Wednesday, April 27, 2011

The price of education


As more and more school districts feel the pinch of state and federal budget cuts, it looks as though parents will be making up some of the difference.

For the second year in a row, the Maryville R-II Board of Education approved the increase of preschool tuition during their regular meeting last Wednesday.

Citing a $400 per month deficit between the amount of revenue generated from tuition payments, usage fees, before and after school care and a Missouri Preschool Project Grant and the amount of total expenses, tuition was increased around $5 per month for some students.

While the grant provides $85,000 in funding annually for EFE, parents of preschoolers who attend classes full-time (meaning five days a week, for the entire school day) will pay $295 per month this coming school year — an increase of $5.20 per month over the 2010-'11 year.

Seeing the largest increase this time around, will be the families of students attending preschool for half a day, five days a week. Their rates will increase from $129.15 per month to $135 — an increase of $5.85 per month.

The revenue from preschool tuition and fees, along with the grant, funds the two full-time preschool instructors, secretary and necessary paraprofessionals, along with classroom tools and equipment.

"With rising costs and school districts looking at tighter budgets, we have to save where we can," said EFE principal Holly Brady. "The changes will help us to off-set our costs but are still very competitive when compared to other schools around."

St. Gregory's School currently charges $332 per month for full-time preschool students.

Horace Mann remains the least costly at $282 per month for full-day preschool.

Also seeing an increase at Eugene Field Elementary preschool level, will be parents taking advantage of the before and after school care.

Currently set at $2 per hour, that cost will increase 50 cents per hour this coming school year.

"Primarily where we see the biggest deficit is with the before and after school care of the preschool students," Brady said. "SAC childcare will not go up for elementary level students, but just for the preschool students."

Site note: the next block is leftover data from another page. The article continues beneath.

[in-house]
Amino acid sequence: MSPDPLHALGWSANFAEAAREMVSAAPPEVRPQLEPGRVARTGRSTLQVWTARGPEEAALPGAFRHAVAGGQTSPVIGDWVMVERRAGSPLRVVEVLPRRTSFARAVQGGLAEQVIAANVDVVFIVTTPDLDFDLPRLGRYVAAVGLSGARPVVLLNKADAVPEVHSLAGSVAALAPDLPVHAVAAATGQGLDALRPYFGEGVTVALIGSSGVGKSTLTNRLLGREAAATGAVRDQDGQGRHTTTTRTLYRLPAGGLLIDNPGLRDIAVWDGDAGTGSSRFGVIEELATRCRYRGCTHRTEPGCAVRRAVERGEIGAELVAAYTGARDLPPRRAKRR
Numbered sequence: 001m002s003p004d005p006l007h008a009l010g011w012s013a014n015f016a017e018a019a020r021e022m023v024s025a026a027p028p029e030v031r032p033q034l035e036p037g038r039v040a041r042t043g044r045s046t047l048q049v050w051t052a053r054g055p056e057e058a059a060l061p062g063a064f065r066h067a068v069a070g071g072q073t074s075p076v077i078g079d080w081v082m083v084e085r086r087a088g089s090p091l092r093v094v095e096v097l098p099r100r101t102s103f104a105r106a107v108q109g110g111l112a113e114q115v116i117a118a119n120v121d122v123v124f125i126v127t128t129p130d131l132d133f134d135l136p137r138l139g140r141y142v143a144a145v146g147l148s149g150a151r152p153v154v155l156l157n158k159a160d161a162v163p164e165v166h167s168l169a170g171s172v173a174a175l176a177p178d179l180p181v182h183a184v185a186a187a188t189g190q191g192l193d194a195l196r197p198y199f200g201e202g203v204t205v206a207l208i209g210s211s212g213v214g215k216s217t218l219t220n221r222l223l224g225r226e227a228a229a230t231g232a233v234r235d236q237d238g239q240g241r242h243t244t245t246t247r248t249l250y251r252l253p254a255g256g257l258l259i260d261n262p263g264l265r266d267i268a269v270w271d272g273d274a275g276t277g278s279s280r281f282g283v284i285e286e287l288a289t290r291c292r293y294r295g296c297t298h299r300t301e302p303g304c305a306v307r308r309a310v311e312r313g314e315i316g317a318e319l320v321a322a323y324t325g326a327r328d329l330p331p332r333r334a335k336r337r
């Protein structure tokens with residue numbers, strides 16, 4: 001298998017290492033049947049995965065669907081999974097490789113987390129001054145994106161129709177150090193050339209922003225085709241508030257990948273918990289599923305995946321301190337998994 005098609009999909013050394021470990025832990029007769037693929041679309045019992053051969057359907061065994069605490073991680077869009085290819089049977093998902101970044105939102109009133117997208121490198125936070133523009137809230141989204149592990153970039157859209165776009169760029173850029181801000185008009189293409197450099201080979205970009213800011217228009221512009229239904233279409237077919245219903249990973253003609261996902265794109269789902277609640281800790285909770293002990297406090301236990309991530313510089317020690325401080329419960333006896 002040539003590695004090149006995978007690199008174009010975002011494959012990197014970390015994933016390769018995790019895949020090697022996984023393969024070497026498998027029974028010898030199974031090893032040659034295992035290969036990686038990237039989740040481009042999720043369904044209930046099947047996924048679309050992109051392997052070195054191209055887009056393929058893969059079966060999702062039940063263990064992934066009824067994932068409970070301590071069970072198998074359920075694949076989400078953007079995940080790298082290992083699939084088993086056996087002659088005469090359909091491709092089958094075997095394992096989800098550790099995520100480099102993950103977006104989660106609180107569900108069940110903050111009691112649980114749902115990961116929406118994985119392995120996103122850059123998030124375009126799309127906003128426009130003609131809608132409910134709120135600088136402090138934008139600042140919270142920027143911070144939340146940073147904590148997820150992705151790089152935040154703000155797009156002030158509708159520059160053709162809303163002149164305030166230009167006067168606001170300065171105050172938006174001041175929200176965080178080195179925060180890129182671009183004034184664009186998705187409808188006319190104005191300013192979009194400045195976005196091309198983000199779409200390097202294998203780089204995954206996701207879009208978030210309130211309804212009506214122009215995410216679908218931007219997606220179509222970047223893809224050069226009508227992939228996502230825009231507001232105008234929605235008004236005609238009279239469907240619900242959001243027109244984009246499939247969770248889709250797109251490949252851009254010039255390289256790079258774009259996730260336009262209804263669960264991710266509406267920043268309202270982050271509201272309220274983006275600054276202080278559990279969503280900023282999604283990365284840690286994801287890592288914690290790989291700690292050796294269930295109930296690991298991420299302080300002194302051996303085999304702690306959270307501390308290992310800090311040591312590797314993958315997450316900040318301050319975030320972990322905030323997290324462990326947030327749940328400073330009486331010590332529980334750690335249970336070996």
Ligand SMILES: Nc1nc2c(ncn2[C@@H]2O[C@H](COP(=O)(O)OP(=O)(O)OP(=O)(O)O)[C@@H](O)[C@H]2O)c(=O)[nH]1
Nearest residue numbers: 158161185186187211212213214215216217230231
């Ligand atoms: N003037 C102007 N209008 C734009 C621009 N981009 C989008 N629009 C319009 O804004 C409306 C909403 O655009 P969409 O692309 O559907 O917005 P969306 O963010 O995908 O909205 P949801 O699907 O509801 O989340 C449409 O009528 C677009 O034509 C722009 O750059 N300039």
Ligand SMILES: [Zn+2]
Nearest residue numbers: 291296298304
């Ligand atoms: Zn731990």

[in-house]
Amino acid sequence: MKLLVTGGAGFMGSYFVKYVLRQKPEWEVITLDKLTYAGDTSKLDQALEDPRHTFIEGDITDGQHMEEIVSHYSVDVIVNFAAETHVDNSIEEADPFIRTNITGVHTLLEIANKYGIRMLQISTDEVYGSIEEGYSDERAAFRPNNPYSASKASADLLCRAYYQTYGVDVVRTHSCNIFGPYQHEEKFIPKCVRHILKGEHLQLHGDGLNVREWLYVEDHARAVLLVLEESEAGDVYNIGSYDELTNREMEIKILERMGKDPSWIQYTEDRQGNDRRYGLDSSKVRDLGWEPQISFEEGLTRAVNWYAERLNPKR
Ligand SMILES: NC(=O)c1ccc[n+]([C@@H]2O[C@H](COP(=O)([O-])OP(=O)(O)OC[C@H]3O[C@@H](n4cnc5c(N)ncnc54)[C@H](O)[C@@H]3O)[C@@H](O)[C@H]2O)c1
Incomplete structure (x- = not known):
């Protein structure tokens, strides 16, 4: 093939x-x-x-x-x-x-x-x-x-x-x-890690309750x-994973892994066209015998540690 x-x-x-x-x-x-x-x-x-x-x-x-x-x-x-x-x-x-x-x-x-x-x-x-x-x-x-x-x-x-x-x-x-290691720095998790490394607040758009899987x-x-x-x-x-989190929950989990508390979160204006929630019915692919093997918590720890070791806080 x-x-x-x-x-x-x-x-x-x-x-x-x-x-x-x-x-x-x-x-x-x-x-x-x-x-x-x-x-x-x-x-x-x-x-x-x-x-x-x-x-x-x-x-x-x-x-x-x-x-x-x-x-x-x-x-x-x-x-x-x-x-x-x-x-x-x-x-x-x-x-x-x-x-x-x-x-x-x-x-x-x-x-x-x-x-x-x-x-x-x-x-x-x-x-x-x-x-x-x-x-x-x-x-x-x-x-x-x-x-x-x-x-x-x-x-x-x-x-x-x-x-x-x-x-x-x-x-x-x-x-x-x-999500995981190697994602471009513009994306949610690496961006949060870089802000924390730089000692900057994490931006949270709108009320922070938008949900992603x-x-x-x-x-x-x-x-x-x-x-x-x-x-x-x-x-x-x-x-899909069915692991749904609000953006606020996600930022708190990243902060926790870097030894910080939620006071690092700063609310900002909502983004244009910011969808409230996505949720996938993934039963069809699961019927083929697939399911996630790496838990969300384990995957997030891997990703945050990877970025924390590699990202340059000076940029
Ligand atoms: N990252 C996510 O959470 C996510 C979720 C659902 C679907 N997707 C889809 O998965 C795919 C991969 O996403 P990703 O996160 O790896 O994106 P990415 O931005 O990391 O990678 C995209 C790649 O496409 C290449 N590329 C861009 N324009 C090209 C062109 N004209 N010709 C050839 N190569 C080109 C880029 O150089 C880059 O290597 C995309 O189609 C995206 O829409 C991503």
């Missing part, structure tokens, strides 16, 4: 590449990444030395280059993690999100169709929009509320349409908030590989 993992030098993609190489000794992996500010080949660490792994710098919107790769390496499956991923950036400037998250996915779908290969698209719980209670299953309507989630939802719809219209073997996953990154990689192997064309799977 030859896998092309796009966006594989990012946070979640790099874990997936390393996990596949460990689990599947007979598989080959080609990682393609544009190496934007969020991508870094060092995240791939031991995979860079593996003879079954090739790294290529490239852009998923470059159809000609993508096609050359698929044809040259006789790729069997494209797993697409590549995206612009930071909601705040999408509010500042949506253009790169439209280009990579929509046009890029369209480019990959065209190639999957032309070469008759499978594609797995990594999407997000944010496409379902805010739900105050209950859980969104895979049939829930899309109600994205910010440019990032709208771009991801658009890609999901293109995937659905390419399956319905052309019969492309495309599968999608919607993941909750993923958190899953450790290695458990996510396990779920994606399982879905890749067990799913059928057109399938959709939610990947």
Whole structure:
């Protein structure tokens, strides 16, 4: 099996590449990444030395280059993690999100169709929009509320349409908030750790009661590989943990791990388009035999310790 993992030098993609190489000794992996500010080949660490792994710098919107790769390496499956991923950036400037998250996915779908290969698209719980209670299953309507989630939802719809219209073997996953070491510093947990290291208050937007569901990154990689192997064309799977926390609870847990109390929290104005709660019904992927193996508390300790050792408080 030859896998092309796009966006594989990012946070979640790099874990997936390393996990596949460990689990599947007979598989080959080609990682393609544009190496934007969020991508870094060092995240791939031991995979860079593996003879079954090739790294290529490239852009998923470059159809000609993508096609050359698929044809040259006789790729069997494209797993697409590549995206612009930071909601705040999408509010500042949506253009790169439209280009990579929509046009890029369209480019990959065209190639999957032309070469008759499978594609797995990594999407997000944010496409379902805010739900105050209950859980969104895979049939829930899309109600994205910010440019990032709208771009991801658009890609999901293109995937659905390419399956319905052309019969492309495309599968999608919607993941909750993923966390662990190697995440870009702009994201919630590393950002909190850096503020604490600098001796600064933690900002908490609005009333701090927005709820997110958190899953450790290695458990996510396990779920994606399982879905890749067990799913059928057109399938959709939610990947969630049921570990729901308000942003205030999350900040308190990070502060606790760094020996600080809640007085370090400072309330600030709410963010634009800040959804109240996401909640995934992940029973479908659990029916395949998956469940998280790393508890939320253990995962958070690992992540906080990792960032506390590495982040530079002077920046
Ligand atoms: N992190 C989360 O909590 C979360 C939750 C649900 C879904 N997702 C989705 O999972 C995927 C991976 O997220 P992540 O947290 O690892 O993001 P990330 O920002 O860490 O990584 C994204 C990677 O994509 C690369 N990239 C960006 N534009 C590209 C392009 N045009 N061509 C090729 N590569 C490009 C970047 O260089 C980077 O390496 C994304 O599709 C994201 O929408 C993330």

Brady said the school's cost for before and after school care for preschool students is much higher than that of elementary students due to the ratio of students to staff that is required.

Even though per month costs will increase, preschool parents won't see any increase in registration fees, which are actually deducted from the first month's tuition later on. And while $5.20 per month may not seem like much to protest, that amounts to an increase of nearly $50 over the course of the school year.

Though preschool isn't necessarily required for a student to start kindergarten, Brady said that extra year of learning helps prepare young learners for the leap into elementary.

"It doesn't cost anything outside of registration and supplies to attend elementary," Brady said. "But the benefits of preschool are worth it. If nothing else, it helps students learn to socialize and ready for that jump into kindergarten."

Thursday, April 21, 2011

The Way It Is: When in doubt, look to the book — for dummies.

Daily Forum Column for 4-21-11

He'd prepared for weeks and the biology lab set up in our spare bedroom proved it.
My other half was living out his dream of starting a saltwater aquarium. Since his two largest tanks were already occupied by fish big enough to eat my hand, he didn't have much of a choice but to start small.
It all began two weeks ago with a run to Petco in St. Joseph and a whole lot of Internet research, but we successfully had 10 gallons of circulating saltwater.
Each morning, bright and early I might add, he raced to the spare bedroom like a kid at Christmas. He checked the pH, ammonia, salinity and the nitrate and nitrite levels (don't ask me what the difference is, I'm no chemist) and dipped every kind of test stick you can dip into the water.
As a precaution, I hopped on and ordered the latest version of "Saltwater Aquariums — For Dummies."
After two weeks of successful water watching, we decided it was time to buy some fish.
Now, with his newfound research material and years of dreaming and planning, he was a little more prepared than I.
"Oh, I want the one who looks like Nemo, the zebra striped one and the one with polka dots," I stated, face firmly planted against the glass.
"That's a clown fish and damsels," he stated confidently. "And, we can't get that many fish at once, they'll die."
Where in the heck had he learned that? Apparently the book for dummies grants you the privilege of making others look like well, dummies.
As my enthusiasm began to diminish, I was granted permission to choose two fish between the three kinds of damsels.
"Zebra stripe and polka dot!" I squealed.
Now I was the kid at Christmas.